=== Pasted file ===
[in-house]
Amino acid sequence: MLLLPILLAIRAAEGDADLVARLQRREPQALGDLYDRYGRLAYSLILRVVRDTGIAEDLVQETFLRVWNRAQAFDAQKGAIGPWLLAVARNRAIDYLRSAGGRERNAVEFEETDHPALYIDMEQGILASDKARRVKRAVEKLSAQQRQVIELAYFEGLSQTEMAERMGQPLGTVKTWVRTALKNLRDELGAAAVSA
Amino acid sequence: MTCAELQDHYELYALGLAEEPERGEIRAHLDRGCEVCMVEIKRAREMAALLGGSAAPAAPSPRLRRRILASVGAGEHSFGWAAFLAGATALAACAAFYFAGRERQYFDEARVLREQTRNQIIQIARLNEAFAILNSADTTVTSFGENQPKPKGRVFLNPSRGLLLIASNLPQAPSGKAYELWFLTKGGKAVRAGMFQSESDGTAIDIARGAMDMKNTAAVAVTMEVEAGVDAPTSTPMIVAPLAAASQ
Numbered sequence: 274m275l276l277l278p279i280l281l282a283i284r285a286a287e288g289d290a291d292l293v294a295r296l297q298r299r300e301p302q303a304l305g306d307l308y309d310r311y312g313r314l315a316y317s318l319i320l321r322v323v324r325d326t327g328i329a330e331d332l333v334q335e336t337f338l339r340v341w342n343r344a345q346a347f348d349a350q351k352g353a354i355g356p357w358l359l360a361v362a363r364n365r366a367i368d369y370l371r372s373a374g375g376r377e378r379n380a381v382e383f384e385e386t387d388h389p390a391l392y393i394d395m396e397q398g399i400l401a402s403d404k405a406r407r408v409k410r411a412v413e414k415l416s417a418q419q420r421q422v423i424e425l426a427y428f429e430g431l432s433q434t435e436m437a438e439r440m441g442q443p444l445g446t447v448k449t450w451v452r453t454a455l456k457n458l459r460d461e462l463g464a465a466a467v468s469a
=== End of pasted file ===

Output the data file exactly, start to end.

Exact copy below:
[in-house]
Amino acid sequence: MLLLPILLAIRAAEGDADLVARLQRREPQALGDLYDRYGRLAYSLILRVVRDTGIAEDLVQETFLRVWNRAQAFDAQKGAIGPWLLAVARNRAIDYLRSAGGRERNAVEFEETDHPALYIDMEQGILASDKARRVKRAVEKLSAQQRQVIELAYFEGLSQTEMAERMGQPLGTVKTWVRTALKNLRDELGAAAVSA
Amino acid sequence: MTCAELQDHYELYALGLAEEPERGEIRAHLDRGCEVCMVEIKRAREMAALLGGSAAPAAPSPRLRRRILASVGAGEHSFGWAAFLAGATALAACAAFYFAGRERQYFDEARVLREQTRNQIIQIARLNEAFAILNSADTTVTSFGENQPKPKGRVFLNPSRGLLLIASNLPQAPSGKAYELWFLTKGGKAVRAGMFQSESDGTAIDIARGAMDMKNTAAVAVTMEVEAGVDAPTSTPMIVAPLAAASQ
Numbered sequence: 274m275l276l277l278p279i280l281l282a283i284r285a286a287e288g289d290a291d292l293v294a295r296l297q298r299r300e301p302q303a304l305g306d307l308y309d310r311y312g313r314l315a316y317s318l319i320l321r322v323v324r325d326t327g328i329a330e331d332l333v334q335e336t337f338l339r340v341w342n343r344a345q346a347f348d349a350q351k352g353a354i355g356p357w358l359l360a361v362a363r364n365r366a367i368d369y370l371r372s373a374g375g376r377e378r379n380a381v382e383f384e385e386t387d388h389p390a391l392y393i394d395m396e397q398g399i400l401a402s403d404k405a406r407r408v409k410r411a412v413e414k415l416s417a418q419q420r421q422v423i424e425l426a427y428f429e430g431l432s433q434t435e436m437a438e439r440m441g442q443p444l445g446t447v448k449t450w451v452r453t454a455l456k457n458l459r460d461e462l463g464a465a466a467v468s469a